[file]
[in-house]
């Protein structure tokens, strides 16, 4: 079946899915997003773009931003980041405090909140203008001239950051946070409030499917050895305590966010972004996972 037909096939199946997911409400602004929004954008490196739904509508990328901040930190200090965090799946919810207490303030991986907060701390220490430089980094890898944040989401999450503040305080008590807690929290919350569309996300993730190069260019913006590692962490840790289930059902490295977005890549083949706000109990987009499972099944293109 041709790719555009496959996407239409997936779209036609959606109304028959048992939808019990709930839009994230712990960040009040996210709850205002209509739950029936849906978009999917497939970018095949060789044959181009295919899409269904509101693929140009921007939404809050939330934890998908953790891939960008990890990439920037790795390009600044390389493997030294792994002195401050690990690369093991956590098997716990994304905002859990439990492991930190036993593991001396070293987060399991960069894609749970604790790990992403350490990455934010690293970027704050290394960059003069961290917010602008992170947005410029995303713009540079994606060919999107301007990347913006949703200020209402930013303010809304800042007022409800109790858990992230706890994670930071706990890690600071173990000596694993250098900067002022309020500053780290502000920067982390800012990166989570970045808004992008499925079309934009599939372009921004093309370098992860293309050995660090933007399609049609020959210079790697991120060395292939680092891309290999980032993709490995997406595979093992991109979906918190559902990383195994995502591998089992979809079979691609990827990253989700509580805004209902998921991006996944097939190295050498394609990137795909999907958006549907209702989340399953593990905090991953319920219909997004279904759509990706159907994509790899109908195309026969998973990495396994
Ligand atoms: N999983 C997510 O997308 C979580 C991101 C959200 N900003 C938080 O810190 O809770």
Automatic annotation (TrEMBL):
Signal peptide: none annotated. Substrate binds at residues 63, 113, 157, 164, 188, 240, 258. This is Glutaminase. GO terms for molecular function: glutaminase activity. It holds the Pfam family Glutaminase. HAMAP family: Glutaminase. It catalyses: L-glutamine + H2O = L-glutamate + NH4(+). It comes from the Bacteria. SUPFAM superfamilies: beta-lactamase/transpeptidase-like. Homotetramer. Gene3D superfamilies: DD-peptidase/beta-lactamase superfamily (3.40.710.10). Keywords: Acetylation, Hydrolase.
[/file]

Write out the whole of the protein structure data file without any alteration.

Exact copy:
[in-house]
């Protein structure tokens, strides 16, 4: 079946899915997003773009931003980041405090909140203008001239950051946070409030499917050895305590966010972004996972 037909096939199946997911409400602004929004954008490196739904509508990328901040930190200090965090799946919810207490303030991986907060701390220490430089980094890898944040989401999450503040305080008590807690929290919350569309996300993730190069260019913006590692962490840790289930059902490295977005890549083949706000109990987009499972099944293109 041709790719555009496959996407239409997936779209036609959606109304028959048992939808019990709930839009994230712990960040009040996210709850205002209509739950029936849906978009999917497939970018095949060789044959181009295919899409269904509101693929140009921007939404809050939330934890998908953790891939960008990890990439920037790795390009600044390389493997030294792994002195401050690990690369093991956590098997716990994304905002859990439990492991930190036993593991001396070293987060399991960069894609749970604790790990992403350490990455934010690293970027704050290394960059003069961290917010602008992170947005410029995303713009540079994606060919999107301007990347913006949703200020209402930013303010809304800042007022409800109790858990992230706890994670930071706990890690600071173990000596694993250098900067002022309020500053780290502000920067982390800012990166989570970045808004992008499925079309934009599939372009921004093309370098992860293309050995660090933007399609049609020959210079790697991120060395292939680092891309290999980032993709490995997406595979093992991109979906918190559902990383195994995502591998089992979809079979691609990827990253989700509580805004209902998921991006996944097939190295050498394609990137795909999907958006549907209702989340399953593990905090991953319920219909997004279904759509990706159907994509790899109908195309026969998973990495396994
Ligand atoms: N999983 C997510 O997308 C979580 C991101 C959200 N900003 C938080 O810190 O809770």
Automatic annotation (TrEMBL):
Signal peptide: none annotated. Substrate binds at residues 63, 113, 157, 164, 188, 240, 258. This is Glutaminase. GO terms for molecular function: glutaminase activity. It holds the Pfam family Glutaminase. HAMAP family: Glutaminase. It catalyses: L-glutamine + H2O = L-glutamate + NH4(+). It comes from the Bacteria. SUPFAM superfamilies: beta-lactamase/transpeptidase-like. Homotetramer. Gene3D superfamilies: DD-peptidase/beta-lactamase superfamily (3.40.710.10). Keywords: Acetylation, Hydrolase.